From France, which gave us the Rights of Man, we hear the call for the Rights of Citizens from French farmers who yesterday staged a sit-in at Cargill’s headquarters in Paris protesting proposed new free trade agreements. The second largest farmers’ union in France, Confédération Paysanne, unfurled a banner that read, “Holland, Juncker, Obama: Don’t offer farmers and citizens to multinationals, stop TTIP and CETA.” They occupied the Cargill trading floor all day, until they received an appointment with the Secretary of State for French Foreign Trade, Mr. Matthias Fekl.
The two new trade agreements being negotiated between the European Union and the United States (TTIP) and Canada (CETA) are the latest in a long running battle between citizens and global corporations. With each new treaty, the corporations attempt to changes the rules of economic and social life to give themselves control of the world’s natural resources and how decisions are made for their use. More an more, trade policy is becoming a central influence on everyday life.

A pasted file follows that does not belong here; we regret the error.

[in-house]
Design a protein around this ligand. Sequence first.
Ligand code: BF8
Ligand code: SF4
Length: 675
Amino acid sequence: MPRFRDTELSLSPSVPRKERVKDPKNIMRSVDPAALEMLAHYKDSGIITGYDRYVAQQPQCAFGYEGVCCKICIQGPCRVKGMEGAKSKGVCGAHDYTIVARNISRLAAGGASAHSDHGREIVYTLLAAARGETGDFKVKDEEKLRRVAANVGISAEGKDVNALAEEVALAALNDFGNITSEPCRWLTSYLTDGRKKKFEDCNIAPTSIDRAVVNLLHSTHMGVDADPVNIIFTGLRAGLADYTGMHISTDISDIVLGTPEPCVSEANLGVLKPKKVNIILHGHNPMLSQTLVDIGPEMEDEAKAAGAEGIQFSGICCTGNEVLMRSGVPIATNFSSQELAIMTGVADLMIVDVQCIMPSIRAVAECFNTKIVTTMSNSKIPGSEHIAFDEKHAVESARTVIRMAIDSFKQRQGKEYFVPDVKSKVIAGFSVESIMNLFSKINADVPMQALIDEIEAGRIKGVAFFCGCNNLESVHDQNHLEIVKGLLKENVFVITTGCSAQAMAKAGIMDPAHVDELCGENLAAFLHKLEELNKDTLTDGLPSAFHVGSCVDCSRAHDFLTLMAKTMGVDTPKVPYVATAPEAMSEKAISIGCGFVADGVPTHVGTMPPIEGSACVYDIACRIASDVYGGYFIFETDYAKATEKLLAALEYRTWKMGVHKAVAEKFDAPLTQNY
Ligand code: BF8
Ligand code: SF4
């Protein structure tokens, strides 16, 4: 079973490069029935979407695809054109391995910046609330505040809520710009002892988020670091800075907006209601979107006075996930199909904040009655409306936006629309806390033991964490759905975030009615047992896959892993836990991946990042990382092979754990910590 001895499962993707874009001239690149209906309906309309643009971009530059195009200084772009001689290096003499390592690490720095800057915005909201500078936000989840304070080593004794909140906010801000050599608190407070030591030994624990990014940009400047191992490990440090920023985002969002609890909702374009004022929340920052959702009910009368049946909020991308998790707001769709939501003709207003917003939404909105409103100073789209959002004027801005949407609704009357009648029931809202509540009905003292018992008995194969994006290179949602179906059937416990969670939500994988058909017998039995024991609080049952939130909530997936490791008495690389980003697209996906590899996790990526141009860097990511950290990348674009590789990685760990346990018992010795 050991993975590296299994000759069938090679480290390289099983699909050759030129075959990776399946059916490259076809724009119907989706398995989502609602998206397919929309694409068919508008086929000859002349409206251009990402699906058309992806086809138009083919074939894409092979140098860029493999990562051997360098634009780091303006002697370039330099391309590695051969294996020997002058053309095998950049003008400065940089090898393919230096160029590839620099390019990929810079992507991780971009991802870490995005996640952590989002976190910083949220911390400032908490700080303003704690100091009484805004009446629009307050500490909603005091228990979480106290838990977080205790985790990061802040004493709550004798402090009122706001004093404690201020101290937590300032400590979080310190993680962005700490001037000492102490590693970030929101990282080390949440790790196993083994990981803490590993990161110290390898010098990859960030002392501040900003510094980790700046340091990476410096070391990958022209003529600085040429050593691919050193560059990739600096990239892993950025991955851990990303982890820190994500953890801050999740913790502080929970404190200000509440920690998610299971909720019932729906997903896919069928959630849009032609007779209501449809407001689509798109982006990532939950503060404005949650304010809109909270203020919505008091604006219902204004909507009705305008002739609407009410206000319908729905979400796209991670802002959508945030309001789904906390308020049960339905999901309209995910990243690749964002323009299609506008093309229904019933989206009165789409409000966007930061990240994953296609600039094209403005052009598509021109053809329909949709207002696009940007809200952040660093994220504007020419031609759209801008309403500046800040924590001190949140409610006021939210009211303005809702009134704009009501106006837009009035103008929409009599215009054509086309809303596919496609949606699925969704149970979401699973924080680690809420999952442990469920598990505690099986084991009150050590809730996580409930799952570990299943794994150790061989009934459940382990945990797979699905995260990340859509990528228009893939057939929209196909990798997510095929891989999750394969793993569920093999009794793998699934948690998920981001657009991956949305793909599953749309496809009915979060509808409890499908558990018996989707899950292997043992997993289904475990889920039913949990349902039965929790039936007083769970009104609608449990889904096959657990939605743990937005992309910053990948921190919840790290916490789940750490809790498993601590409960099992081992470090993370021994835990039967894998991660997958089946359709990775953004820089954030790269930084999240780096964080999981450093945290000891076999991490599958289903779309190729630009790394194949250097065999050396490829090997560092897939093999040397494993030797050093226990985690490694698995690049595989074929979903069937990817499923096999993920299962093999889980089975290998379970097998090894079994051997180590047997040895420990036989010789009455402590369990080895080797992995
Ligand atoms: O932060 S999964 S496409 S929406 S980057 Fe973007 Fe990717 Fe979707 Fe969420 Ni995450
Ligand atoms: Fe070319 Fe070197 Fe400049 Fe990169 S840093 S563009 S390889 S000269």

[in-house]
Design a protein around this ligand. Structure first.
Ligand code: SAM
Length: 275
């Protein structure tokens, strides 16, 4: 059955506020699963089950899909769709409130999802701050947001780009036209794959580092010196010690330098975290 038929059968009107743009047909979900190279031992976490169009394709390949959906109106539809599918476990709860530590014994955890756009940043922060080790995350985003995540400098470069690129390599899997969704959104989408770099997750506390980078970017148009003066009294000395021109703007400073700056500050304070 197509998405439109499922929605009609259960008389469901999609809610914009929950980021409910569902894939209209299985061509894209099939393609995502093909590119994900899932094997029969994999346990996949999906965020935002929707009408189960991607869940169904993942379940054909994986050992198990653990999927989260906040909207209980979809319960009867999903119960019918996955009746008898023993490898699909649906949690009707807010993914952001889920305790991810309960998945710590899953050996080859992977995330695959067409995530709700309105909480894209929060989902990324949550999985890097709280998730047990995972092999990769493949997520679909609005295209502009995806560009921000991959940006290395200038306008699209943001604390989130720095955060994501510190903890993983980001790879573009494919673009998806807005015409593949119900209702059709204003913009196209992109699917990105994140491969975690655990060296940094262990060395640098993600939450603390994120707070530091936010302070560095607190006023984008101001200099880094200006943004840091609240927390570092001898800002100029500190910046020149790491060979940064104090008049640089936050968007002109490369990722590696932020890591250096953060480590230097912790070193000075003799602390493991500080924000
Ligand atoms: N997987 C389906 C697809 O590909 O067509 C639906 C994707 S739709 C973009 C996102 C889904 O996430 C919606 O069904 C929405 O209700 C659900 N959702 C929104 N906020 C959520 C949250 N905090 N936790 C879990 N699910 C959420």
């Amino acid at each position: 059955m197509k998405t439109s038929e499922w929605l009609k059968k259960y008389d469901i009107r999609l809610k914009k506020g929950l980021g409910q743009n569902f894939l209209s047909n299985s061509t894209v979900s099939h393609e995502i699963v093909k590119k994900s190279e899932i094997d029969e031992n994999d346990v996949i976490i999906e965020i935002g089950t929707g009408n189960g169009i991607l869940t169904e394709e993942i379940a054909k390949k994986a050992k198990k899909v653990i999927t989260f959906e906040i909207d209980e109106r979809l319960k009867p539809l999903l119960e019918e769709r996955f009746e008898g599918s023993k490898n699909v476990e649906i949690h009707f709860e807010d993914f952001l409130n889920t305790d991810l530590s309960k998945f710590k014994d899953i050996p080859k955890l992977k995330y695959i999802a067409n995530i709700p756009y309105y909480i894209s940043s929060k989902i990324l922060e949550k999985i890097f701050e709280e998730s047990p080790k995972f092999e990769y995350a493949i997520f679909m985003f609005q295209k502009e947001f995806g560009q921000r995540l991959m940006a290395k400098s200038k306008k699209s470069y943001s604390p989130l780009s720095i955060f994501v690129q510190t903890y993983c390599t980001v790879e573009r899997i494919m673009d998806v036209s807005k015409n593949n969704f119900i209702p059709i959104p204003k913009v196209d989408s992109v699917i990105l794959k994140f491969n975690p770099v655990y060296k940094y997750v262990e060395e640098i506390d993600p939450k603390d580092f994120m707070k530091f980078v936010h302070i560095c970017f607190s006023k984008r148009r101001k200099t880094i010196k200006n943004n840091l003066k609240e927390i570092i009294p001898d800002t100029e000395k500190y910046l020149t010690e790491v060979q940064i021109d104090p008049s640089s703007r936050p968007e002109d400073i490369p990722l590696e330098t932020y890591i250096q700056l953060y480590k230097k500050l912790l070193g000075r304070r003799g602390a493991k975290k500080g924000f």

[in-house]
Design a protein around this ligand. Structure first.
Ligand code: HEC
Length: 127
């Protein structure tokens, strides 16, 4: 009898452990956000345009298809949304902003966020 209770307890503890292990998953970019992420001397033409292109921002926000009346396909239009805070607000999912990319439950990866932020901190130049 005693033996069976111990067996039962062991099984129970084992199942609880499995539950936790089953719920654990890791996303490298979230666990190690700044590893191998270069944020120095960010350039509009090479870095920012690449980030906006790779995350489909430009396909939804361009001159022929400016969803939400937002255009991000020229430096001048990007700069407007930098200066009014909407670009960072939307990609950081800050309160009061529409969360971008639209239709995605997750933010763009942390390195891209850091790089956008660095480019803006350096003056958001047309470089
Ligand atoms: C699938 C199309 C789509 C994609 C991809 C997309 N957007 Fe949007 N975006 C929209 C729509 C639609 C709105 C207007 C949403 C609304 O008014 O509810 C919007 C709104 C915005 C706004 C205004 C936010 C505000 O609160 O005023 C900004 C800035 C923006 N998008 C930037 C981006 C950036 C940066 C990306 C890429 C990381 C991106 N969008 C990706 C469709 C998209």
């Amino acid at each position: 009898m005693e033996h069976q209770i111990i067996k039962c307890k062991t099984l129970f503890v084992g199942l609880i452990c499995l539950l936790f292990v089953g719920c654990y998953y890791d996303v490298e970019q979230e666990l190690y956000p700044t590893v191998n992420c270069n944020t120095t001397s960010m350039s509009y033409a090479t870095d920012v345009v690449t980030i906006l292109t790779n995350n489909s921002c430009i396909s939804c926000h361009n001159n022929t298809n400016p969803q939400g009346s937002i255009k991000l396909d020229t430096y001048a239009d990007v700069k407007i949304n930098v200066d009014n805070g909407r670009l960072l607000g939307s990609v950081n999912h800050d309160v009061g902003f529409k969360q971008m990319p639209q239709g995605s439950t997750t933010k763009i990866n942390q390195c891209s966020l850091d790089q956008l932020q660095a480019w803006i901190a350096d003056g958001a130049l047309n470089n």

IATP met Confédération Paysanne and other French farmers at the WTO protests in Seattle in 1999. They brought with them from their cooperatives in the Larzac region great wheels of Roquefort cheese that sustained many of us throughout several days of tear gas barrages. The Battle for Seattle has become the battle for the rights of citizens against the corporations. The French farmers have called us to the ramparts. The message that greets you when enter the Larzac region says, “Le monde n’est pas une marchandise.” We agree.
The controversial Global Alliance for Climate Smart Agriculture (GACSA) was officially launched yesterday at the U.N. Climate Summit. The announcement came in the wake of rising criticism from civil society, including IATP, about the intentionally vague term “climate smart” versus the more established science of agroecology, as well as the corporate-led participation of GACSA.
The agriculture session of the summit, where GACSA was announced, took place late in the day, after countries had made their declarations and commitments. Earlier, President Obama began by naming climate change the defining issue of today—above terrorism, instability, inequality and disease. “Deepening science says this once-distant threat has moved firmly into the present,” he said, adding that “we need to work together as a global community to attack this global threat before it’s too late.”